When all my shapes look good enough, I start adding the details with subdivision levels, and here I used some of my favorite brushes, such as Dam Standard, HPolish, Trim Dynamic, and Move with the Accurate Curve mode on. Likewise, I use some Orb brushes to get those details down, especially the cracks, but I tend to combine them with masks to have better results. I tried to define all the sharp angles with HPolish, I like that kind of stylization with strong edges and well-defined volumes and shapes.
I used this algorithm for all the assets, and let me give you a few examples. I started with a simplified low-poly mesh, searching for the right silhouette, which is the most important thing for me. Then I used ZRemesh again because I wanted to make sure it has a good polys distribution. After that, I added some divisions and started carving out the details, refining areas and still working that shape. It is a basic process, but it does the job for me.
When I am finally done with my high poly, it is time to start the retopology. It is a process that some people consider boring and time-consuming, some artists even hate it, but I enjoy it and work on it with some nice soundtrack in the background. At this stage, what I do is decimate my high-poly assets from ZBrush to use them as Live Surfaces in Maya, and with Quad Draw I start doing the topology. In this character, there are a lot of curved areas, which is why I tried to spend more Tris on it to have a nice and rounded silhouette.
Also, I asked other artists for feedback about the topology and the ways to improve some areas. If you get stuck it is always nice to ask someone with more experience if they can share some tips and tricks with you. For me, it is always good to jump between assets when I get stuck with the retopology at one point, that way I can return to that complex asset later with fresh eyes. Sometimes you see that you were just overdoing some areas, so it is nice to rest from different elements. In the end, my model has 33926 Tris.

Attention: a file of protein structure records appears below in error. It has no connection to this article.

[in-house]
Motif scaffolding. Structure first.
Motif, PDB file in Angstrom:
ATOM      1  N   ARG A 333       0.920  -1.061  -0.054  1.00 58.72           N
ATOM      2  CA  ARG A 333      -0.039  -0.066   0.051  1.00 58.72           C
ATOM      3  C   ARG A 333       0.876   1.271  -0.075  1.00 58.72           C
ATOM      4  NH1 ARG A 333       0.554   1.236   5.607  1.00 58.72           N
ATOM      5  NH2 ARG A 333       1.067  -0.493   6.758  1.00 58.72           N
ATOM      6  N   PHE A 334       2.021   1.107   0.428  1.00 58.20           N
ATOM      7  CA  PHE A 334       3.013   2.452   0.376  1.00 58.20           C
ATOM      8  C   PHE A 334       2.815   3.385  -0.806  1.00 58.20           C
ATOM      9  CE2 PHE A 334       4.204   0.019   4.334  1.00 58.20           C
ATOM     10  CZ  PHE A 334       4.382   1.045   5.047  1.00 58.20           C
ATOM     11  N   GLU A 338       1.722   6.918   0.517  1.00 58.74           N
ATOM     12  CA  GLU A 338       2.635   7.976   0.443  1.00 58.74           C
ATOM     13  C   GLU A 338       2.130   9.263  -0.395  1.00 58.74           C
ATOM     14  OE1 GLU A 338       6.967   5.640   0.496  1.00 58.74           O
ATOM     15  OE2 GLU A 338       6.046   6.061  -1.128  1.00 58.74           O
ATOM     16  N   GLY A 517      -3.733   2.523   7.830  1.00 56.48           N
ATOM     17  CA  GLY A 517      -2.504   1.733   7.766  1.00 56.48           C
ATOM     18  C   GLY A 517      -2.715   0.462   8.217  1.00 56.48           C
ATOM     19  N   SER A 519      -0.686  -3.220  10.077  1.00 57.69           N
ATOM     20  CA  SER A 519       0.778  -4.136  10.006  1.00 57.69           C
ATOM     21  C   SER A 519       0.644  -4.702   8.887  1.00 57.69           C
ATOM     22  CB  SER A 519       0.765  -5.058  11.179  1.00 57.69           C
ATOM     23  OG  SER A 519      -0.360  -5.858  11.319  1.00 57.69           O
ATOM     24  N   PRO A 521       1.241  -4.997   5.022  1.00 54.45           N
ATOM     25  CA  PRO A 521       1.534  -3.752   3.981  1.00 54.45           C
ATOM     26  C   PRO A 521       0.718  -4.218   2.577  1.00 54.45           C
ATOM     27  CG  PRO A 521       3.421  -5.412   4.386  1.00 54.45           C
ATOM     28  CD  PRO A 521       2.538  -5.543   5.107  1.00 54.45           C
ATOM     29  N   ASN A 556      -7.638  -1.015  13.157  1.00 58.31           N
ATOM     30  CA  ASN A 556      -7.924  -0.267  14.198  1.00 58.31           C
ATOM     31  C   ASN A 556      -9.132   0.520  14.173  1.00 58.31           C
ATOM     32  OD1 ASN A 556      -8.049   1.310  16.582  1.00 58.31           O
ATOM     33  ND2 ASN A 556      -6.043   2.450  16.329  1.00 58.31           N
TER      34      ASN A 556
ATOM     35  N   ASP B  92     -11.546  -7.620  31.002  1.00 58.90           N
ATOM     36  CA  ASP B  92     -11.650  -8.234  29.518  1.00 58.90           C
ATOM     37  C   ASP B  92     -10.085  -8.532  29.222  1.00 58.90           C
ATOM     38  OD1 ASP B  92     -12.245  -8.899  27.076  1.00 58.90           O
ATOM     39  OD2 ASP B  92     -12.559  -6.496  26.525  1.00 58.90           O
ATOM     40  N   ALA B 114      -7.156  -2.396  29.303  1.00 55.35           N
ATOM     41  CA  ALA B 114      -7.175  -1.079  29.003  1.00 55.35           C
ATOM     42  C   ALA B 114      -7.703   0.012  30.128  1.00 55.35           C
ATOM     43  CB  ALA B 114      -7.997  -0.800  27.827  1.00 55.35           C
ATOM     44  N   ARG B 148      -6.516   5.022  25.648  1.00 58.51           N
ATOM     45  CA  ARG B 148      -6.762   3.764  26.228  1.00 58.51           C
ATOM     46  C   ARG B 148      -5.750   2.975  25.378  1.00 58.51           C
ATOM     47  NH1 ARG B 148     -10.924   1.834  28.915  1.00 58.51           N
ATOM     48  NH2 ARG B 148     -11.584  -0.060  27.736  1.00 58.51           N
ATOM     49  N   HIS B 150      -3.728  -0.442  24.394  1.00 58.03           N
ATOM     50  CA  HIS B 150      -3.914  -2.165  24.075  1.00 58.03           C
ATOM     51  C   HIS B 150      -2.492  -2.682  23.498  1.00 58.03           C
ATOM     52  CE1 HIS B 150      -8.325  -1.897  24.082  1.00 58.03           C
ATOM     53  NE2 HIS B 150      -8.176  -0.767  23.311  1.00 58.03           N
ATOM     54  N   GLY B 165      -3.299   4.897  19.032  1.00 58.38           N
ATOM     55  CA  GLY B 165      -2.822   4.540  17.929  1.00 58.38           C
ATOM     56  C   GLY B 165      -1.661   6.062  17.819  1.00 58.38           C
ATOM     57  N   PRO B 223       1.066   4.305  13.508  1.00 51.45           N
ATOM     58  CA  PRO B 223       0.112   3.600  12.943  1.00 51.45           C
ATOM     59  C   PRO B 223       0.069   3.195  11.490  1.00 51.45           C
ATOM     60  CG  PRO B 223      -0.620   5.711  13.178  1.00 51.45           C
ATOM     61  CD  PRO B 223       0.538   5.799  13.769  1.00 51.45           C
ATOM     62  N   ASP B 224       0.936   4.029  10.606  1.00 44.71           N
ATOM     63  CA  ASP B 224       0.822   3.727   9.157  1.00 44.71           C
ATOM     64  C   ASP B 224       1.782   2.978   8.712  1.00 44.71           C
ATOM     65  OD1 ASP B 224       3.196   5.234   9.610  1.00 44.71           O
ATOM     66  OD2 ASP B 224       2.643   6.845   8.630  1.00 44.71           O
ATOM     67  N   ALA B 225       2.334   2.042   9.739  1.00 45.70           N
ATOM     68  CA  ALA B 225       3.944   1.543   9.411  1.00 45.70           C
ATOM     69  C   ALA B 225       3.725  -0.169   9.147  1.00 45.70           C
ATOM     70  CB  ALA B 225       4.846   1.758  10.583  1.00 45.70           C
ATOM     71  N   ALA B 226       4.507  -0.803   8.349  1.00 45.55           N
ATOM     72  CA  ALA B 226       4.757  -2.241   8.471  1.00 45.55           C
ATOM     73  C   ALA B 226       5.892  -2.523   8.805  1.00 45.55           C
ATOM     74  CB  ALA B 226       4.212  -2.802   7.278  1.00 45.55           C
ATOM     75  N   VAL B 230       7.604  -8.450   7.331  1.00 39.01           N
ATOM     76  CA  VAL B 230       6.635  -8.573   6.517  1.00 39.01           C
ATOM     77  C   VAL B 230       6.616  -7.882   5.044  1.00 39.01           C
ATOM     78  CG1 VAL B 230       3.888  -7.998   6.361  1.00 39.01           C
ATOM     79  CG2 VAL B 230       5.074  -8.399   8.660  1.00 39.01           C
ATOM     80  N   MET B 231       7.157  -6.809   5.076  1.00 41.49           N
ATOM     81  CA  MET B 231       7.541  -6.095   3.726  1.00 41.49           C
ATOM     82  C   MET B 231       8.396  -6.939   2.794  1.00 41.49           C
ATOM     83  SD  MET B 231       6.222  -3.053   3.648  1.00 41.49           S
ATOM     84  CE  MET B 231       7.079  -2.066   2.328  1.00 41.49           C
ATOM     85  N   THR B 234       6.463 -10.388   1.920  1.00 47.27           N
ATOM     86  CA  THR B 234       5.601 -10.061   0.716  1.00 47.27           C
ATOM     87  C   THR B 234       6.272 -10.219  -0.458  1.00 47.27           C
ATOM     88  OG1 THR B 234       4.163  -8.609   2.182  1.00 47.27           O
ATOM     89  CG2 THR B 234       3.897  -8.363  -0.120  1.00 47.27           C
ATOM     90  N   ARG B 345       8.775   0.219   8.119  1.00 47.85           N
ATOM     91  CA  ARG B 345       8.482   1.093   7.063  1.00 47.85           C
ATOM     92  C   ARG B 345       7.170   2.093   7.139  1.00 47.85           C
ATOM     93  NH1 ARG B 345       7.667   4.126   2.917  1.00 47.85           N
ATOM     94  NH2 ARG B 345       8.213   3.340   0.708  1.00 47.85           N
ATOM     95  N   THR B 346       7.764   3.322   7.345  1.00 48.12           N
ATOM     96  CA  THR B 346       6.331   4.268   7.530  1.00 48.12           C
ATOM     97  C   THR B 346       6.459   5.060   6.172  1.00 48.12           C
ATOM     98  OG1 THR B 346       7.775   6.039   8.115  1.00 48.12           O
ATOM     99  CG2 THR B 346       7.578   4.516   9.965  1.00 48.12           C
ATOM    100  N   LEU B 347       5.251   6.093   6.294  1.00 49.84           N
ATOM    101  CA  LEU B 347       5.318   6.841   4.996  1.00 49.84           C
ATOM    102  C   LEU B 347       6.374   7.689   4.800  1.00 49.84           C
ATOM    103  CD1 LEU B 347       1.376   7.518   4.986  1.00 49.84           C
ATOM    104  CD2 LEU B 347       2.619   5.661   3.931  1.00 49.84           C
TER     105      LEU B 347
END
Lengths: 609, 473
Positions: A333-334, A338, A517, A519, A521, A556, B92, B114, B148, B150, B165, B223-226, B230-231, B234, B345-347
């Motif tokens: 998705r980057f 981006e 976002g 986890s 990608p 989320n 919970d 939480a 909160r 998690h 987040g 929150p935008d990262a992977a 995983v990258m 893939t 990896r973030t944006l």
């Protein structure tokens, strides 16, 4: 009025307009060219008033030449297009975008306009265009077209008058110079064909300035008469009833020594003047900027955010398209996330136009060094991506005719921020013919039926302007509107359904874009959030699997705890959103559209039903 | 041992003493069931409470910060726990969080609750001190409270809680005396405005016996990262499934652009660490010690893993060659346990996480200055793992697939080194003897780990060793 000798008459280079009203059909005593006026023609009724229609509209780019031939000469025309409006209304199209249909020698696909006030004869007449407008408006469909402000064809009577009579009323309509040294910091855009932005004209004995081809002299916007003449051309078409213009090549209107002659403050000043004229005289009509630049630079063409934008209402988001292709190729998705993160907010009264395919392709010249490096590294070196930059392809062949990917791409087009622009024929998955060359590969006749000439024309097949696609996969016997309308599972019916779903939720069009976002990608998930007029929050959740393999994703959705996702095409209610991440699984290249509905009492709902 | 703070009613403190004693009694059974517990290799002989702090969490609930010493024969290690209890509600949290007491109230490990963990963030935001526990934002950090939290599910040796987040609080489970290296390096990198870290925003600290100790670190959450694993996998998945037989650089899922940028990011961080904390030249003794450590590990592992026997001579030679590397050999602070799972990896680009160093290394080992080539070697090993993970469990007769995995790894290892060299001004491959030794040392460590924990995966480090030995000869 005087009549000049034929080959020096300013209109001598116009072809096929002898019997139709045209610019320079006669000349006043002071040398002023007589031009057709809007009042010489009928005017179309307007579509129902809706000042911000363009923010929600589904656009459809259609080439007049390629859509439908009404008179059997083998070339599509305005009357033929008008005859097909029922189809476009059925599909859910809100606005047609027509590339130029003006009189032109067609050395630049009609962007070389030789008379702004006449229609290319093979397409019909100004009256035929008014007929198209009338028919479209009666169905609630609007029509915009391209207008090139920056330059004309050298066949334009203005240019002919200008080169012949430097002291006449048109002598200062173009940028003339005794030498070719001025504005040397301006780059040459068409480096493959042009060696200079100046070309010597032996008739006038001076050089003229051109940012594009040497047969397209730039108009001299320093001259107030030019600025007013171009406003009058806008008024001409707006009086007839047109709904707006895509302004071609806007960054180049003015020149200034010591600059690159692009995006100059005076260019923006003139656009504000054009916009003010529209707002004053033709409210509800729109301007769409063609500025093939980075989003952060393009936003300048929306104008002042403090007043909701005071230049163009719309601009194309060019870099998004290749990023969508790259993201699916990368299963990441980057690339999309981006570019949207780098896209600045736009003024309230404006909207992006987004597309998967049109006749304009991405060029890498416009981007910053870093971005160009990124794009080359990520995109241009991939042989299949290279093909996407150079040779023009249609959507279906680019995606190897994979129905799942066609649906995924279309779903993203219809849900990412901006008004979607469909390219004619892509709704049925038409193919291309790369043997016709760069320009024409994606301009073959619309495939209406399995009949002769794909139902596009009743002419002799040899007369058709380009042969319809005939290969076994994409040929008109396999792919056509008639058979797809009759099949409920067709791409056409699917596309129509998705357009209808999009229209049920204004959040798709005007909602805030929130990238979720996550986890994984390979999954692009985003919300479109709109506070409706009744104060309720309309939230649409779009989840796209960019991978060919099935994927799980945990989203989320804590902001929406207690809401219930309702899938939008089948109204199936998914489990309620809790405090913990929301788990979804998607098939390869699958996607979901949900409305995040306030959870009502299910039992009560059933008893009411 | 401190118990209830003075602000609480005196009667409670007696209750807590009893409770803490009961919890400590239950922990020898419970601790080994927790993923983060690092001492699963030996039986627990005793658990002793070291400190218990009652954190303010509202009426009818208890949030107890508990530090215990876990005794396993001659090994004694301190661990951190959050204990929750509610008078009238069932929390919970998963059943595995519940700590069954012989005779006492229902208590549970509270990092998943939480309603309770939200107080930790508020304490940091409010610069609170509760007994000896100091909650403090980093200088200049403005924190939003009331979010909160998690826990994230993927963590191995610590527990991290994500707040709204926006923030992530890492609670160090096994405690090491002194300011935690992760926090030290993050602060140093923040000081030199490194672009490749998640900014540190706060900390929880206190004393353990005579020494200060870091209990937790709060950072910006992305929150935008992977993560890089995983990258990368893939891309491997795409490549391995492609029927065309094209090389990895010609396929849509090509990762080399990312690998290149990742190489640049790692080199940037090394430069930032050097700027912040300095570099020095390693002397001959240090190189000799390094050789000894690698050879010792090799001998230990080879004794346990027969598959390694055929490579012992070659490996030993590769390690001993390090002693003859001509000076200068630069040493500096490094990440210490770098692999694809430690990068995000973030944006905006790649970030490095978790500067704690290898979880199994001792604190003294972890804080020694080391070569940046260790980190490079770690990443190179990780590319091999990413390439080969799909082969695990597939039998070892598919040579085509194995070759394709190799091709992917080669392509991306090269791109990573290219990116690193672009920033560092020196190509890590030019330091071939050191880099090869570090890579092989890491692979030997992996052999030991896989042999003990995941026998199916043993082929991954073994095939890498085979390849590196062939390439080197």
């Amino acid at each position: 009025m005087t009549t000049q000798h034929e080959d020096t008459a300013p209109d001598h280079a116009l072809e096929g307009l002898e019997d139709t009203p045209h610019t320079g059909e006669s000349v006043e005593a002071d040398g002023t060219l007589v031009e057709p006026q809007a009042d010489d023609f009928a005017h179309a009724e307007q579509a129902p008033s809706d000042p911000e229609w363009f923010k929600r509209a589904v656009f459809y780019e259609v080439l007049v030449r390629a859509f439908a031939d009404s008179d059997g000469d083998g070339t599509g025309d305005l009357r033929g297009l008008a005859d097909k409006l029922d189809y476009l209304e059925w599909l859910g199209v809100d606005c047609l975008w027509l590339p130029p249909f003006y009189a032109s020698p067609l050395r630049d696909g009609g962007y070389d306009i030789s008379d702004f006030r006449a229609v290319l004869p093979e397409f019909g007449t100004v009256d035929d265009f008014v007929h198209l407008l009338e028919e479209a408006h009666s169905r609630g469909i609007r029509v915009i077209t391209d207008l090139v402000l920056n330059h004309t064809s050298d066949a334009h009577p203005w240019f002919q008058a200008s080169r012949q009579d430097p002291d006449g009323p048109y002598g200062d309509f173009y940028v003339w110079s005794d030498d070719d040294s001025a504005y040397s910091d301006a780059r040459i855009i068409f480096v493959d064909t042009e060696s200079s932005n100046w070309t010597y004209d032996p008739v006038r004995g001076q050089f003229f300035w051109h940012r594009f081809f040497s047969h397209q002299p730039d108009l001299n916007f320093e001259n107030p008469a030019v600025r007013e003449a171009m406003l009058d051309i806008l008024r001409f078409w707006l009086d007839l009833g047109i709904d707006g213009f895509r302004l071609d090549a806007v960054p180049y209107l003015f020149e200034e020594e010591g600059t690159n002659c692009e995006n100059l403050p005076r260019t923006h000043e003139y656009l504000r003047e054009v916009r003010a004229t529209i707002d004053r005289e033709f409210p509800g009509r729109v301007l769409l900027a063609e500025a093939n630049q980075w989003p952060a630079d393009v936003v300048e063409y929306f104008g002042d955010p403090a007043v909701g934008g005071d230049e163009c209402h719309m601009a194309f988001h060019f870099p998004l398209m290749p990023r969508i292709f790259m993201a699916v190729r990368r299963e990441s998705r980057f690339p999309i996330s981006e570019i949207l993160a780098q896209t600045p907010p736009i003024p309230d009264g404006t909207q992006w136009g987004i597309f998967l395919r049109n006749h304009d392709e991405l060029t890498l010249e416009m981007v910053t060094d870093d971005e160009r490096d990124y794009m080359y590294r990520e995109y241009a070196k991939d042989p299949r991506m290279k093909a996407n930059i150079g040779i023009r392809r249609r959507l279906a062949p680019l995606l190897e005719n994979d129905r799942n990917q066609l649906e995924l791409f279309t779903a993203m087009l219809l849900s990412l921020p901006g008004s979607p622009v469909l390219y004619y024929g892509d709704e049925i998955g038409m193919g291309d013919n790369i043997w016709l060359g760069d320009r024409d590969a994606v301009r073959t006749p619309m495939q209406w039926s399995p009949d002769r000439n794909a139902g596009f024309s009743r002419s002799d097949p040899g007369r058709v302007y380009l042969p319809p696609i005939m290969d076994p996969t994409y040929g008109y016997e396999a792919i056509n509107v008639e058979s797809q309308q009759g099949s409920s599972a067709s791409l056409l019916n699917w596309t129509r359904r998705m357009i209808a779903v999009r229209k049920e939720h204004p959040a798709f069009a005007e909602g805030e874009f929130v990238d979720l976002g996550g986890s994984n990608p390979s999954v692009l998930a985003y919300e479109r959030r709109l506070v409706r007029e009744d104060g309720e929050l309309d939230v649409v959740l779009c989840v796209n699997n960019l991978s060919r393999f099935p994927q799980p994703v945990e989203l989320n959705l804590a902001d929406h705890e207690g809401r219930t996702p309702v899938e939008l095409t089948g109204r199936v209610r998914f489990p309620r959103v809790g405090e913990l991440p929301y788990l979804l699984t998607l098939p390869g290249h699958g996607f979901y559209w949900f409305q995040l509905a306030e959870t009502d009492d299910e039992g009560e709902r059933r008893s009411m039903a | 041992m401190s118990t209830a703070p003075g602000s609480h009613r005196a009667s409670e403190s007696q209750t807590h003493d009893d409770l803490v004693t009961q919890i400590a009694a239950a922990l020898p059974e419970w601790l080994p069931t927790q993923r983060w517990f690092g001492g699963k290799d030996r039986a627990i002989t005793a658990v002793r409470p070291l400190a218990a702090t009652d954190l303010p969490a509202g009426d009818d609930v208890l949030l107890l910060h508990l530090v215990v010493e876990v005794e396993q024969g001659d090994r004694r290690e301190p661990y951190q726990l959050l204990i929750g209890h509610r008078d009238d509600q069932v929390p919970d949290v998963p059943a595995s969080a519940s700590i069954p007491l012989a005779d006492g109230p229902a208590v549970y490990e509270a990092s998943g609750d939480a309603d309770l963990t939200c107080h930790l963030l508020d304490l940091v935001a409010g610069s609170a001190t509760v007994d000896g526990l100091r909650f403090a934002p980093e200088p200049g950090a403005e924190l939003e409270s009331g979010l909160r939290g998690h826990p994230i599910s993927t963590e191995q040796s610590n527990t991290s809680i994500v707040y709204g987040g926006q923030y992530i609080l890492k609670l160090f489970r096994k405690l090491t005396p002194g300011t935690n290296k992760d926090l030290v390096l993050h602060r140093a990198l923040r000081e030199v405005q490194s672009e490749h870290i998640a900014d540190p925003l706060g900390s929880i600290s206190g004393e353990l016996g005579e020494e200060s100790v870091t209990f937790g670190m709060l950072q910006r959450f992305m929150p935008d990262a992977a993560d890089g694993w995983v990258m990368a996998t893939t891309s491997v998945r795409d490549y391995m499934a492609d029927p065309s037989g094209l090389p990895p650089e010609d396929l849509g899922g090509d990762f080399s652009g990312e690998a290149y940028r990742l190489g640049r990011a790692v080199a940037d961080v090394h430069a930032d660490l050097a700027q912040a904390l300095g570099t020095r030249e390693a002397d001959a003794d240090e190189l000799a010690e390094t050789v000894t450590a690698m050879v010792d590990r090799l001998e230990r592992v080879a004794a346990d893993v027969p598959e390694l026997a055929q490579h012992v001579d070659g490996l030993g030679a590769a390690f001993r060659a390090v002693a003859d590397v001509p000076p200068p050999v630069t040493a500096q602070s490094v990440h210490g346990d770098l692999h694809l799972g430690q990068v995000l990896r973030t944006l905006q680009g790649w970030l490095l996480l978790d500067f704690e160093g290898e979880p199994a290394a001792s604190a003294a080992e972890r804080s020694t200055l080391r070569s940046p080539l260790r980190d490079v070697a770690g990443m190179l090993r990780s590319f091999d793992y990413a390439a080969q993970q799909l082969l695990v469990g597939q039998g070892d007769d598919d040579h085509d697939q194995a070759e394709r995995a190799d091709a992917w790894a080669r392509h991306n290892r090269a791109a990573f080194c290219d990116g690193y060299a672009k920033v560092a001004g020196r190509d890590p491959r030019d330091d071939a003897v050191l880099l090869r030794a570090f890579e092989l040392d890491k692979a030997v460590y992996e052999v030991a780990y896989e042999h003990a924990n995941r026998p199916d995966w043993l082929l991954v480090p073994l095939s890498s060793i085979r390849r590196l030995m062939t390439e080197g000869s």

All the unwrapping was done in Maya, too, checking for the resolution of each piece and trying to use the most of the UV space. For this model, I used two 4K texture sheets. When everything is done and correctly labeled, I send the model to Substance Painter.
When it comes to this stage, I think it is the one I enjoy the most, I really like to start giving life to the gray model. In Substance Painter, the first thing I do is block all the base colors, gradients, and roughness. I used a lot of black mask layers because they help me to switch between the tones fast, without destroying what I already did, like noise, patterns, details, color blending, etc.
I like to use some smart masks, but I enjoy painting a lot, so I make a lot of things myself. One of the things I do is take advantage of all the information from my bakes, that is why I used my curvature with fill layers a lot, plus some paint on top of it to avoid having the same effect throughout the entire model. Likewise, I use the World Space Normal or even the Ambient Occlusion, but with this map, I tend to be very careful because sometimes you get shadows that you do not really want on the model.